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Pritzker’s energy bill seeks to spark clean energy in the future and escape dirty politics of the past

The Consumers and Climate First Act addresses ethics and consumer protections as well as renewable energy and clean power. It also seeks to address how the state plans to help those who lose their jobs as Illinois shifts away from non-renewable energy sources.

Gov. J.B. Pritzker speaks at a news conference in Springfield in 2019.
Gov. J.B. Pritzker speaks at a news conference in Springfield in 2019.
Justin L. Fowler/The State Journal-Register via AP file

Gov. J.B. Pritzker is set to unveil his own sweeping climate and energy legislation Thursday, ending formula rates and online payment fees as the state moves towards 100% clean energy by 2050 and away from “the old ‘pay-to-play politics’ of the past.”

The Consumers and Climate First Act addresses ethics and consumer protections as well as renewable energy and clean power. It also seeks to address how the state plans to help those who lose their jobs as Illinois shifts away from non-renewable energy sources.

Pritzker’s bill would end formula rates, a practice of utility companies being able to “spend ratepayer money with little oversight, meaning ComEd and Ameren, will no longer be able to dramatically increase their profits by loading up the rate base with little cost control,” according to a summary of the bill.

The legislation also would expand the statement of economic interest that legislators must file to include any spouse or immediate family member who is employed by a public utility in Illinois and would make the Citizens Utility Board subject to requests under the Freedom of Information Act and prohibit that board from accepting funds from foundations affiliated with a public utility, according to the bill’s summary.

Deputy Gov. Christian Mitchell said Pritzker believes “this is the right bill at the right time.”

It comes some nine months after a federal court bombshell that implicated Illinois House Speaker Mike Madigan as a key figure in a sprawling bribery scheme outlined in federal charges against ComEd.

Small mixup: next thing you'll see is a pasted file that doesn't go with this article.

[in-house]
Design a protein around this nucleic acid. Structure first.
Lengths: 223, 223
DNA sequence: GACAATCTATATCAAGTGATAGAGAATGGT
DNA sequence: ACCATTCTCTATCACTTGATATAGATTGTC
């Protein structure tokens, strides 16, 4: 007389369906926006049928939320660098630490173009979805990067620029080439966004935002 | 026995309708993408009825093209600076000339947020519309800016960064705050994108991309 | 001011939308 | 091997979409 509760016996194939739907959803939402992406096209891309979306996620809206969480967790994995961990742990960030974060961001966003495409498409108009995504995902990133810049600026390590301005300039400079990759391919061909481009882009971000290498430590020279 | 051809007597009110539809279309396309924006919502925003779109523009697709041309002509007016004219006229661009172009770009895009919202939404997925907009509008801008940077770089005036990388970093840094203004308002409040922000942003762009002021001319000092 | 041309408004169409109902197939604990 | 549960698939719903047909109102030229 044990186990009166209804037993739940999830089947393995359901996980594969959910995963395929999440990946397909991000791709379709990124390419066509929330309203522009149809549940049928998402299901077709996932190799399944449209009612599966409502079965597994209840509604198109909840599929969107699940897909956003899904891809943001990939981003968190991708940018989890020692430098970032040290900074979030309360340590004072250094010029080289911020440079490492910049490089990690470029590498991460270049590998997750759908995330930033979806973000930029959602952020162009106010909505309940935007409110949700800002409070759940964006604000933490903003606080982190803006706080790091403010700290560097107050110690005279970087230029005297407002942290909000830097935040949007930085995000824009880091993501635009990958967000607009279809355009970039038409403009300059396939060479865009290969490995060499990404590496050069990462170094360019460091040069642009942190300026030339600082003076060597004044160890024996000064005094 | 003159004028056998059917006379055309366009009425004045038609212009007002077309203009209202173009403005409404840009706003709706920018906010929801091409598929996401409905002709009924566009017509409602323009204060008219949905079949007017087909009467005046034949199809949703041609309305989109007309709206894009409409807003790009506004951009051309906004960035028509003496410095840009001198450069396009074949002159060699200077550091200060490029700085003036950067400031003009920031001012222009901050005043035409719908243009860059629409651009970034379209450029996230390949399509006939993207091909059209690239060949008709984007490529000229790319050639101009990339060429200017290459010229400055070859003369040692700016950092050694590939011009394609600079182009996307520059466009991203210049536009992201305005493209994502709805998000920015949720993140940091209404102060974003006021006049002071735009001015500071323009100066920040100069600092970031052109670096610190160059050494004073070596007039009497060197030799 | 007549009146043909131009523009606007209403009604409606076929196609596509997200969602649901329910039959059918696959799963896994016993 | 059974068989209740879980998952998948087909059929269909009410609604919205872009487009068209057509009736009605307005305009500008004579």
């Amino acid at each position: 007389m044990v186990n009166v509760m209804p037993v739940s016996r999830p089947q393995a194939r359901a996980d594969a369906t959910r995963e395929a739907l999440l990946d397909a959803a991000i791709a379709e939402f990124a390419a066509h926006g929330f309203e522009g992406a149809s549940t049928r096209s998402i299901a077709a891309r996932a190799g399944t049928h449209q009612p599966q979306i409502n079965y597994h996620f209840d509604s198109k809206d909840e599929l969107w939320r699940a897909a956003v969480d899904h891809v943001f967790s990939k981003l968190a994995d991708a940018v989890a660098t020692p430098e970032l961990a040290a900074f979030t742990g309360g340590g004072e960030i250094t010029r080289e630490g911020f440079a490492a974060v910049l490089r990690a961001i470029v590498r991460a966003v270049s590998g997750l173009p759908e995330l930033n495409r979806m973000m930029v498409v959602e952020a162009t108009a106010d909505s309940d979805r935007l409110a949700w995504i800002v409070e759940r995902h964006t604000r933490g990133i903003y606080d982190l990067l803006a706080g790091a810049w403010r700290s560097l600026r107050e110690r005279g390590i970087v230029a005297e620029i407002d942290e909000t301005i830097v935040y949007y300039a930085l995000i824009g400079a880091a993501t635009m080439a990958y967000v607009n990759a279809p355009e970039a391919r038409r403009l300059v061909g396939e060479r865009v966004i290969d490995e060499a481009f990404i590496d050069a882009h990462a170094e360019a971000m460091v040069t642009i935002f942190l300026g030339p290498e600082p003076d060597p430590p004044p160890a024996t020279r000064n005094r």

Madigan has not been charged with any crime and denies any wrongdoing, but the power company scandal short-circuited the Southwest Side Democrat’s long political career.

“I think that in the wake of a deferred prosecution agreement that has ensnared our largest utility … that having a piece of legislation that leads with ethics, ends the old ‘pay-to-play politics’ of the past, invests in renewable energy in a way that puts equity and good labor standards right front and center” sends a signal that the state is “going to be a great place to do business,” Mitchell said.

Deputy Gov. Christian Mitchell.
Deputy Gov. Christian Mitchell.
Ashlee Rezin Garcia/Sun-Times file

The bill is the latest to address the state’s energy sector, joining the proposed Clean Energy Jobs Act — which also calls for the state to use 100% renewable energy by 2050 and creates incentives for companies to transition to do so — and the “Path to 100” Act, which is aimed at creating jobs within the state’s renewable energy industry.

Mitchell said the governor’s plan includes pieces of those proposals, as well as recommendations from legislators. He said the plan now is to work “cooperatively and collaboratively” with the Legislature on the energy bills.

Pritzker’s legislation also seeks to help energy consumers and includes eliminating online payment fees for all utility bills and would eliminate the customer deposit requirement and late fees for low-income residential utility customers. Those with incomes that fall at or below 80% of their area median income would be able to receive tiered discount rates on their utility bills.

The legislation also looks ahead, seeking to put the state on a path toward 100% clean energy by 2050. It also entails a phasing out of coal by 2030 and natural gas by 2045, according to the summary. Along with that push, Pritzker’s legislation aims to increase the adoption of electric vehicles in the state to 1 million by 2030.

The governor’s bill would create a displaced “worker bill of rights” to support energy sector workers as the state moves to renewable energy.

Last July, ComEd was charged in federal court in an alleged bribery scheme that prosecutors say sent $1.3 million to Madigan’s associates for doing little or no work for the utility, all while ComEd hoped to land the once powerful speaker’s support for legislation in Springfield worth more than $150 million.

Former Speaker Mike Madigan speaks during a meeting in February to decide who will take over his seat in the Illinois House.
Former Speaker Mike Madigan speaks during a meeting in February to decide who will take over his seat in the Illinois House.
Ashlee Rezin Garcia/Sun-Times file

Mitchell said the scandal showed the “shady practices of our utility companies in terms of how they operate in Springfield,” an awareness that has seeped into the Legislature and driven the governor and his team to create a bill “that would help restore ratepayer confidence.”

Mitchell said the bill aims to “end the backroom deals that have led to a place where Commonwealth Edison drives up their profits at the expense of consumer bills and does so in a way that lands it in federal court.”

“We are investing in the kinds of things, like electric vehicles, that are going to create good, clean jobs that are high paying, including for people of color around the state of Illinois, in a way that is going to help make sure that we’ve got clean air to breathe and clean water to drink,” Mitchell said.